- Redskins sign cornerback Orlando Scandrick
- Washington Redskins sign wide receiver Paul Richardson
- Washington Redskins re-sign inside linebacker Zach Brown
- Redskins re-sign kicker Dustin Hopkins to three-year deal
- Redskins re-sign safety Deshazor Everett
- Redskins 2018 Free Agents: Who stays, who goes?
FedEx Field Playing Surface to Undergo Renovations
- Updated: April 23, 2013
FedEx Field Playing Surface to Undergo Renovations
After hearing plenty of criticism last year over the playing surface at FedEx Field, the Redskins have decided to re-sod the middle of the field for the first time in the history of using FedEx for home games.
Following the Redskins season ending loss in the playoffs last year the hot topic up for discussion was the condition of the playing surface and what impact it had on Robert Griffin III’s and Chris Clemons knee injuries.
Many of the questions that came about then have gone unanswered.
Many thought the Redskins should put in field turf or at least search out other options that the franchise did not in previous years.
On Tuesday, ESPN 980 received a first-hand look at the progress and the plan that is in place to improve field conditions.
Many of the changes won’t be noticeable to the naked eye, ESPN 980’s Chris Russell reported the following as it pertains to FedEx Field.
**The Redskins discovered that the “root” of the problem was not the surface itself, but what was underneath. What was under the sod is what they feel provided an untenable situation moving forward.
A senior Redskins official told ESPN 980 that a “layer of silt formed” which prevented water from percolating and to not be able to get to the roots. The problem also did not allow for proper drainage. Silt is described as a mixture of debris, grass clippings and other materials.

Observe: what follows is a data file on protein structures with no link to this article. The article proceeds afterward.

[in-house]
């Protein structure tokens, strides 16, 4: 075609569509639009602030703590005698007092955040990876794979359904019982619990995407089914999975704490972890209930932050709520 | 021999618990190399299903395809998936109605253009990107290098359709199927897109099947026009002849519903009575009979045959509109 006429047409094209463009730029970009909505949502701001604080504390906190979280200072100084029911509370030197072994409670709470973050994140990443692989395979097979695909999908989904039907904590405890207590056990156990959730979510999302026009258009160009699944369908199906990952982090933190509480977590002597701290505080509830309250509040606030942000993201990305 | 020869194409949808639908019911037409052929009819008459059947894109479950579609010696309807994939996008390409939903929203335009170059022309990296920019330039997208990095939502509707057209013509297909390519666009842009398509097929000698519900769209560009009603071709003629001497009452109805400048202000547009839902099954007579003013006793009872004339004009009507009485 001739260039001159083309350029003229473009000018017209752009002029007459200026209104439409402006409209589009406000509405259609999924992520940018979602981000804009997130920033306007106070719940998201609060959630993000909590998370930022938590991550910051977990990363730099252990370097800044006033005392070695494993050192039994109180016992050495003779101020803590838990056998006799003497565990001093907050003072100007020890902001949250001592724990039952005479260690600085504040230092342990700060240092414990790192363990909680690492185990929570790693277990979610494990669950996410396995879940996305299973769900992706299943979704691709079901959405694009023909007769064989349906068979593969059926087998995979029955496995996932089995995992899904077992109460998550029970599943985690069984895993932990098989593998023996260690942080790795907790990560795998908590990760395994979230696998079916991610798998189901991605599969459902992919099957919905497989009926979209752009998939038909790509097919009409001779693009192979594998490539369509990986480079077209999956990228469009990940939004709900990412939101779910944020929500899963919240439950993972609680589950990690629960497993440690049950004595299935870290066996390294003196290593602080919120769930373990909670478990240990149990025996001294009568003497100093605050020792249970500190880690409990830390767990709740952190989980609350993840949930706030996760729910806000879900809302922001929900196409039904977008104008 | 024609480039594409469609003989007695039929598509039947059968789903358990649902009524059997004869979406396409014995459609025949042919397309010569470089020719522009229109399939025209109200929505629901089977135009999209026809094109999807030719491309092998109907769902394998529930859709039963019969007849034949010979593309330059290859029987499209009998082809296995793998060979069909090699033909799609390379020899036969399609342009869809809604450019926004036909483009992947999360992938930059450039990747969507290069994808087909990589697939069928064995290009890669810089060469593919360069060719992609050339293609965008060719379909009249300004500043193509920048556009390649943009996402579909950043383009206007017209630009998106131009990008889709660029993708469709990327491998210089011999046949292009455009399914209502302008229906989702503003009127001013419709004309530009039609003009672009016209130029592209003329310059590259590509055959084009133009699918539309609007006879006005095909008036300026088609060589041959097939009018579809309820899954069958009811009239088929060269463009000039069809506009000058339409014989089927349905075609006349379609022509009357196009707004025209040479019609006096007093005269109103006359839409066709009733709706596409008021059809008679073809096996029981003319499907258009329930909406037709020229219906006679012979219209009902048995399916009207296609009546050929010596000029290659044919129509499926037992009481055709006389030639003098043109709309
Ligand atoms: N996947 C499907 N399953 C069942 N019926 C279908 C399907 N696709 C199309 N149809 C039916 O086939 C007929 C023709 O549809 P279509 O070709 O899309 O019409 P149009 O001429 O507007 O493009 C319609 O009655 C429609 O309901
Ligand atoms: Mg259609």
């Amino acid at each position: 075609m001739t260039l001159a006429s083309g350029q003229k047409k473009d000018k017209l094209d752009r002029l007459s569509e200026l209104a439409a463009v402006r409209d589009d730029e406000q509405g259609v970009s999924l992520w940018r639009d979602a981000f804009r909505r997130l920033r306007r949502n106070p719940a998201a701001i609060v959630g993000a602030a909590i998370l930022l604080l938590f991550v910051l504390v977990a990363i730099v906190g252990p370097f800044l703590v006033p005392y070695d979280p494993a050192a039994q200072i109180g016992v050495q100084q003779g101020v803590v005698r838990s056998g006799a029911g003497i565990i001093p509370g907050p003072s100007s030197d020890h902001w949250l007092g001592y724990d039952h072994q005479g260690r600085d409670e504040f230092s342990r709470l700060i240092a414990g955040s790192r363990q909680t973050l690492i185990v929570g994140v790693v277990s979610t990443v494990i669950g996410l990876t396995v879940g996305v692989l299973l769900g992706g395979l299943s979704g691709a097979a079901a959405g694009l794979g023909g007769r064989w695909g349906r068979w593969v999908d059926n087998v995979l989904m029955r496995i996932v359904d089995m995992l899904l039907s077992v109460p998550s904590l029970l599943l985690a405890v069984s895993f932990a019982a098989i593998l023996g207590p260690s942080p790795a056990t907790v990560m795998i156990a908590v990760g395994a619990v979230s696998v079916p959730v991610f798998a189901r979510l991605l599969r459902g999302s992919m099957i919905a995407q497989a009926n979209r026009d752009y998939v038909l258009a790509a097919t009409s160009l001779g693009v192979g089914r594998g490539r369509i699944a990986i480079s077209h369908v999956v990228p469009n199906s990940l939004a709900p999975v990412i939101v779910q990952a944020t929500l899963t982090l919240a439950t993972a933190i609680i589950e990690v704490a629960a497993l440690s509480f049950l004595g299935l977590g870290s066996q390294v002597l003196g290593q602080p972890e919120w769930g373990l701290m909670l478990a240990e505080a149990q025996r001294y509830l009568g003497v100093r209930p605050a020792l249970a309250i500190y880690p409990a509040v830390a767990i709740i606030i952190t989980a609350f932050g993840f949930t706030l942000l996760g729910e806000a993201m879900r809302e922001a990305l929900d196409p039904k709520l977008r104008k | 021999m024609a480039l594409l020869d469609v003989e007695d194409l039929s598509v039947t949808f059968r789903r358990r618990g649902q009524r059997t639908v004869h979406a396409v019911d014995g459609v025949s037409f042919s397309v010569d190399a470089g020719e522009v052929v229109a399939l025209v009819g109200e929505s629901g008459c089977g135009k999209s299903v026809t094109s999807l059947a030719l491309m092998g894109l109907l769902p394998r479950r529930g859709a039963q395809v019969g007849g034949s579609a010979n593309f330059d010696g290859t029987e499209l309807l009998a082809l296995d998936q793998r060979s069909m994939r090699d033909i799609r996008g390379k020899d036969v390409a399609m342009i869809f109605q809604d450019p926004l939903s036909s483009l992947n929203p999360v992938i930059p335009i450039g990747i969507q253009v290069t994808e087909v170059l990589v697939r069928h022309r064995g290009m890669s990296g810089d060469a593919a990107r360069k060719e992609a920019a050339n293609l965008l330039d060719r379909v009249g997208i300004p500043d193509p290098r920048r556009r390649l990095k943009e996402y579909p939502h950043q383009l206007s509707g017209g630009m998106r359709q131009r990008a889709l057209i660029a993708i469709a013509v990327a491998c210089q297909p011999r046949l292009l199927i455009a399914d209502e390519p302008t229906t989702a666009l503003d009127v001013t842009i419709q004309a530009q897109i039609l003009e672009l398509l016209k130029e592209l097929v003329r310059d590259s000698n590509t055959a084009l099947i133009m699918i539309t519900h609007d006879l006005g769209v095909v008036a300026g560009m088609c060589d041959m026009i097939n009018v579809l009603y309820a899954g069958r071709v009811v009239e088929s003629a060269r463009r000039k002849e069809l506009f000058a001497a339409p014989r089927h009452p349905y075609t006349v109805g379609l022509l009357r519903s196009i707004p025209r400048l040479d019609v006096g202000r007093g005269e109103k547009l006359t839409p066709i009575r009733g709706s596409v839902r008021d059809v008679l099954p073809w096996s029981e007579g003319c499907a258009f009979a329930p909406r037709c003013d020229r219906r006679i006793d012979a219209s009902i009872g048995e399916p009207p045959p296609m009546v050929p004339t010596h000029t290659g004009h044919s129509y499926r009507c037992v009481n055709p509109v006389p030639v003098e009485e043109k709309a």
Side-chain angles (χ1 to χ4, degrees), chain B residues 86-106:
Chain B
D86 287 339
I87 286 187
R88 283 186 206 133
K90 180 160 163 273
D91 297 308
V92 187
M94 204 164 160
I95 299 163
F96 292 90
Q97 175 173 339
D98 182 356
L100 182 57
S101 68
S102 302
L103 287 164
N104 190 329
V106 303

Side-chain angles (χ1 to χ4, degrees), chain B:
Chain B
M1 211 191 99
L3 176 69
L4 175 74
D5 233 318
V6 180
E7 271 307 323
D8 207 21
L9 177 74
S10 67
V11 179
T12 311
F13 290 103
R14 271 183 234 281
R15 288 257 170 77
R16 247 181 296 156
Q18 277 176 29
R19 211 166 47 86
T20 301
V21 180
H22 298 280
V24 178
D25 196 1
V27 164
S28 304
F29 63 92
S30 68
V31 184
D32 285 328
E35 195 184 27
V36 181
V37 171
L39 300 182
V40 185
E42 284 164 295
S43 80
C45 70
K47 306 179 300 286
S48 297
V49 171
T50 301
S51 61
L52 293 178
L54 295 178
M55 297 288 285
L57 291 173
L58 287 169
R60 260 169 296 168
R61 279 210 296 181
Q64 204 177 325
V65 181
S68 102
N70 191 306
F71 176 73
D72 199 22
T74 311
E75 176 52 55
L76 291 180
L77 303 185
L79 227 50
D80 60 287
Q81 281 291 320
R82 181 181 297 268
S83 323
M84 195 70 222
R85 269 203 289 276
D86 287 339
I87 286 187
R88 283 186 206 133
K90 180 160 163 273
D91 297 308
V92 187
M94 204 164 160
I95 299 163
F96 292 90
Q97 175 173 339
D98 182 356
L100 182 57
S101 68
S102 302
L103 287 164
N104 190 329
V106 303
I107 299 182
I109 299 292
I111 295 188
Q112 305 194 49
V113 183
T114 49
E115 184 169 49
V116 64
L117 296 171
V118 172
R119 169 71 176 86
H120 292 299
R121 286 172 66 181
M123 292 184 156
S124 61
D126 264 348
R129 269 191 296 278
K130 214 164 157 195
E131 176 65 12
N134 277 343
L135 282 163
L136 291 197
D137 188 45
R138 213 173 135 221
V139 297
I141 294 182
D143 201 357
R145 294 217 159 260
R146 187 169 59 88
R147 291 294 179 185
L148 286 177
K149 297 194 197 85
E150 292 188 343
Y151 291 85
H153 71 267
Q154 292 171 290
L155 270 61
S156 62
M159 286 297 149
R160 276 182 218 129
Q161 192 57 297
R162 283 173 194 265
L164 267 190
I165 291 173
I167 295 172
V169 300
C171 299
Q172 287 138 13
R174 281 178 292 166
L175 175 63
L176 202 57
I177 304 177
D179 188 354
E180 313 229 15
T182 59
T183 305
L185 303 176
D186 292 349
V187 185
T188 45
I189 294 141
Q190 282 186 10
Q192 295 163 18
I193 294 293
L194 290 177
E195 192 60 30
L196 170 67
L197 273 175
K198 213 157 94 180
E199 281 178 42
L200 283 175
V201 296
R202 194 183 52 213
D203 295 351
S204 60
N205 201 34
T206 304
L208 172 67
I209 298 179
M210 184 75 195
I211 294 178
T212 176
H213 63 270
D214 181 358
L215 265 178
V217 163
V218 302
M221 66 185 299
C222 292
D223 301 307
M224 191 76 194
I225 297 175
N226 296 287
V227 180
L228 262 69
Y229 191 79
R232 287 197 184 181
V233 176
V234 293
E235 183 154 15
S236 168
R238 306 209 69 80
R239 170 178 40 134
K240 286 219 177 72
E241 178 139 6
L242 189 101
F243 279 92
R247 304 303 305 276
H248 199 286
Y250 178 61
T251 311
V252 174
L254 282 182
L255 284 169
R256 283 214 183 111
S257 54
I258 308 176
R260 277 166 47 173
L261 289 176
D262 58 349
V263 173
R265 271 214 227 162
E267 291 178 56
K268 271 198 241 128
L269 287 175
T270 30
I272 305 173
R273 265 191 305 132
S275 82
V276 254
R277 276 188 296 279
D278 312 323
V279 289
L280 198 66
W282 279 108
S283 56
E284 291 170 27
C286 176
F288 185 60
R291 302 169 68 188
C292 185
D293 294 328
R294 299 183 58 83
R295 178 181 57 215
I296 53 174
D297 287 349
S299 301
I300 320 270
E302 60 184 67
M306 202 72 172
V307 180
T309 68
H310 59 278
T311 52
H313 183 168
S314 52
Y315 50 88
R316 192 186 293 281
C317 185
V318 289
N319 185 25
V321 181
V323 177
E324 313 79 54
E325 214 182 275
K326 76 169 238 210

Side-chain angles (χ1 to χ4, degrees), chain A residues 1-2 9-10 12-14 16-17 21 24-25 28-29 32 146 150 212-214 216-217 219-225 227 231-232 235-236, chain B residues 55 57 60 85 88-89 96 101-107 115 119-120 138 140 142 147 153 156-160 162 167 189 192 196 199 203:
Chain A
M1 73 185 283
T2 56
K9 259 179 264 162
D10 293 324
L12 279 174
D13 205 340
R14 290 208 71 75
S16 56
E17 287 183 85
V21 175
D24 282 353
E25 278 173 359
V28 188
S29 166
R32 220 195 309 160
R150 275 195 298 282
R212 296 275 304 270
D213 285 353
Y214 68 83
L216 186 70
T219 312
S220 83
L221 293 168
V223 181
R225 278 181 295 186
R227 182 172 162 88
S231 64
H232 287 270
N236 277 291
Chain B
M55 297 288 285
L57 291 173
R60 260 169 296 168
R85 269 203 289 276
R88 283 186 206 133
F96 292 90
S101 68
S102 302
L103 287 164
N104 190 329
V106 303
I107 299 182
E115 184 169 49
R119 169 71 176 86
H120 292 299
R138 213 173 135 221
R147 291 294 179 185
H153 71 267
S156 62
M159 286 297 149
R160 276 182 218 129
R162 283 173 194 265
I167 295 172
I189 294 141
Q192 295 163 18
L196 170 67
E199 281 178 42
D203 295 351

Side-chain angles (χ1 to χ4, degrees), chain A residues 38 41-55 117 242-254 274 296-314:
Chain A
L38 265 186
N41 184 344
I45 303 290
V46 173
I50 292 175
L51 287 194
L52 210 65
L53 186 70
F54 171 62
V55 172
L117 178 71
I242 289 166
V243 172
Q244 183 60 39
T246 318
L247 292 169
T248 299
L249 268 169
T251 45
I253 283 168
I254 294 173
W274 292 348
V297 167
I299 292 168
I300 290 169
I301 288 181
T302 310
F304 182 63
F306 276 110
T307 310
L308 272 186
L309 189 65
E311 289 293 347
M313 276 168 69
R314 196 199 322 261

The Redskins attacked the problem by excavating the entire field at the base, putting in fresh sand, adding a few extra inches to the sand base, rebuilding the “crown” of the surface and adding new drainage mechanisms along the sidelines. The organization last performed a major field renovation four years ago.
Behind the Redskins and visitors benches, there are now two strips of cement walkways in spots that used to be just an extension of the grass surface during the nice weather, and slippery and dangerous mud during the inclement weather periods. One of the strips of cement will actually go under the “dream seats” as the Redskins call them and has new drainage vents. On the strip of cement (which will be rubberized) closest to the field, another underground drainage line or system will allow for sufficient drainage (this sits on the field side of the path) and will prevent the sideline areas that players stand on and team personnel walk and run on, to be an absolute quagmire.
***On June 5th, the Redskins per team officials will lay down a brand new complete surface that they are currently raising on the eastern shore of Maryland. The Redskins are even using a different type of sod going from the old “Tif Sport” to a new sod they called “Latitude 36” which has been tested on the east coast under similar weather conditions.